Yesterday, 14 August, was the festival of Adi. This is a big event at our local temple when hundreds of pilgrims come to pay their respects to the local holy man, Sadayandi.
As far as we can determine, the legend is that Sadayandi was a sadhu who lived in a cave on hillside. He was noted as an astrologer and the local people came to consult him when they needed advice. After his death the cave where he lived became a temple with a sacred grove and a number of subsidiary shrines at the foot of the hill, nestling under ancient trees.
Throughout the year local families come to mark important rites of passage such as the first haircut of a child when they are about two and a half years old. On these occasions a goat will be sacrificed and friends and neighbours will be invited to join the celebrations and eat the goat as well as to make a contribution of money towards the child’s welfare. Phil has written about this in an earlier blog.
On this special festival day the whole area was transformed with all the shrines decorated with new clothes, a battalion of priests in saffron lunghis on hand to assist with pujas, and around the shrines all the necessities for a successful puja were being prepared. Garlands were being made, trays of candles, banana, coconut and beedi to satisfy the god were available and the barbers were on hand to provide the full head shave for all those who wanted to go all the way and sacrifice their beauty to the gods.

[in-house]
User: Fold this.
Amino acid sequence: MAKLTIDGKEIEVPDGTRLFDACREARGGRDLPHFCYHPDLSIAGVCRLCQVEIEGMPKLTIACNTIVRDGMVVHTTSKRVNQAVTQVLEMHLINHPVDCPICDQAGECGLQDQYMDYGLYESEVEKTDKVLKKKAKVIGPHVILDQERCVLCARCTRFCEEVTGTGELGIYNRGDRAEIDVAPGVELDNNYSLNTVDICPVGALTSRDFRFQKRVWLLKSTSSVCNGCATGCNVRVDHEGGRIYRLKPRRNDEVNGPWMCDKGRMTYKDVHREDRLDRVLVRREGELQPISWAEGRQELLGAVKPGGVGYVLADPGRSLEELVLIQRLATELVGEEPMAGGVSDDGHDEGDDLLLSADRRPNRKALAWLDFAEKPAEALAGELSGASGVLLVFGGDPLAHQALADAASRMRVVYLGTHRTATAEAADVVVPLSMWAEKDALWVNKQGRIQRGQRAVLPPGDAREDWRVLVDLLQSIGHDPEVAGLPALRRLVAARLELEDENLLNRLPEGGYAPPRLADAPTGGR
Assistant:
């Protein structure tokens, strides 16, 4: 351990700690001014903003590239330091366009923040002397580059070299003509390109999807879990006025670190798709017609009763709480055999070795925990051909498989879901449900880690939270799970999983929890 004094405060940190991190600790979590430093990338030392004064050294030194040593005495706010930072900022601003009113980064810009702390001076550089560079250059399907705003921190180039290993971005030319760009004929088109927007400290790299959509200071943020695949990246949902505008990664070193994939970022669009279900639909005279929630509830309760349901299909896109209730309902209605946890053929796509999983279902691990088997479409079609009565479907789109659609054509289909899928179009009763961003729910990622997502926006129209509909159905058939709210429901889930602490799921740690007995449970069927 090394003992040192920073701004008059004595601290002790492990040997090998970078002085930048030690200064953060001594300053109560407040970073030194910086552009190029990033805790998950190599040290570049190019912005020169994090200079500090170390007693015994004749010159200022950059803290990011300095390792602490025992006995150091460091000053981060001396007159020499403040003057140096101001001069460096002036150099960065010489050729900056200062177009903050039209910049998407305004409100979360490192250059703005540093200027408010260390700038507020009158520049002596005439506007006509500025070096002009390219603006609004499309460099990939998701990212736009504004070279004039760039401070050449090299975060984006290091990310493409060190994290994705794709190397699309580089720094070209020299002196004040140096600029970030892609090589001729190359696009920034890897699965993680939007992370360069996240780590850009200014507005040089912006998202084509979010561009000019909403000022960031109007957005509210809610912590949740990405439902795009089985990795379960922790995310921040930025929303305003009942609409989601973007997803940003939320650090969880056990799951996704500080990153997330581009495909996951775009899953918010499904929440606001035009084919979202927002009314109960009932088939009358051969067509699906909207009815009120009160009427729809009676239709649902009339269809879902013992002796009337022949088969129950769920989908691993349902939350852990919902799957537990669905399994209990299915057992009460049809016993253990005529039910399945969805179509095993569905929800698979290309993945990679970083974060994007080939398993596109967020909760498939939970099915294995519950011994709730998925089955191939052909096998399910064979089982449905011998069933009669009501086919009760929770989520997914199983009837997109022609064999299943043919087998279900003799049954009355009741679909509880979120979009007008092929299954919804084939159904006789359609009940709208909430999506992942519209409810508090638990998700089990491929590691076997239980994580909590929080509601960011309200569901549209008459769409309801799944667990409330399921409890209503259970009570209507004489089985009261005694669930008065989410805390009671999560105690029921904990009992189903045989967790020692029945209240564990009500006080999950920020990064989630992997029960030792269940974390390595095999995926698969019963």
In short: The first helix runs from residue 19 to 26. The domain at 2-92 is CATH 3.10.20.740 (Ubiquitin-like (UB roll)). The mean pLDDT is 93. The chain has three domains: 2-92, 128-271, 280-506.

Food was being prepared for all who came. This is provided free by the temple authorities and the local people and we had duly made our financial contribution a few days earlier.
Although it was still early, there was already a column of people wending their way up the hillside to the cave.
Religious duty done, the fun can begin. More stalls were getting ready to satisfy other needs – fried snacks without which no Indian day out is complete, a plethora of plastic toys for the children and even a wonderful wooden wheel (not quite the London Eye) to give the children rides.
The police and emergency services were on hand too but, in the early morning calm their duties were not arduous and they were enjoying their breakfast.
The mediaeval celebration of a Saint’s day in a local church must have felt much the same.
The Sadayandi temple is located near the Kamaraj Lake about 5 km from the village of Athoor, near the town of Dindigul.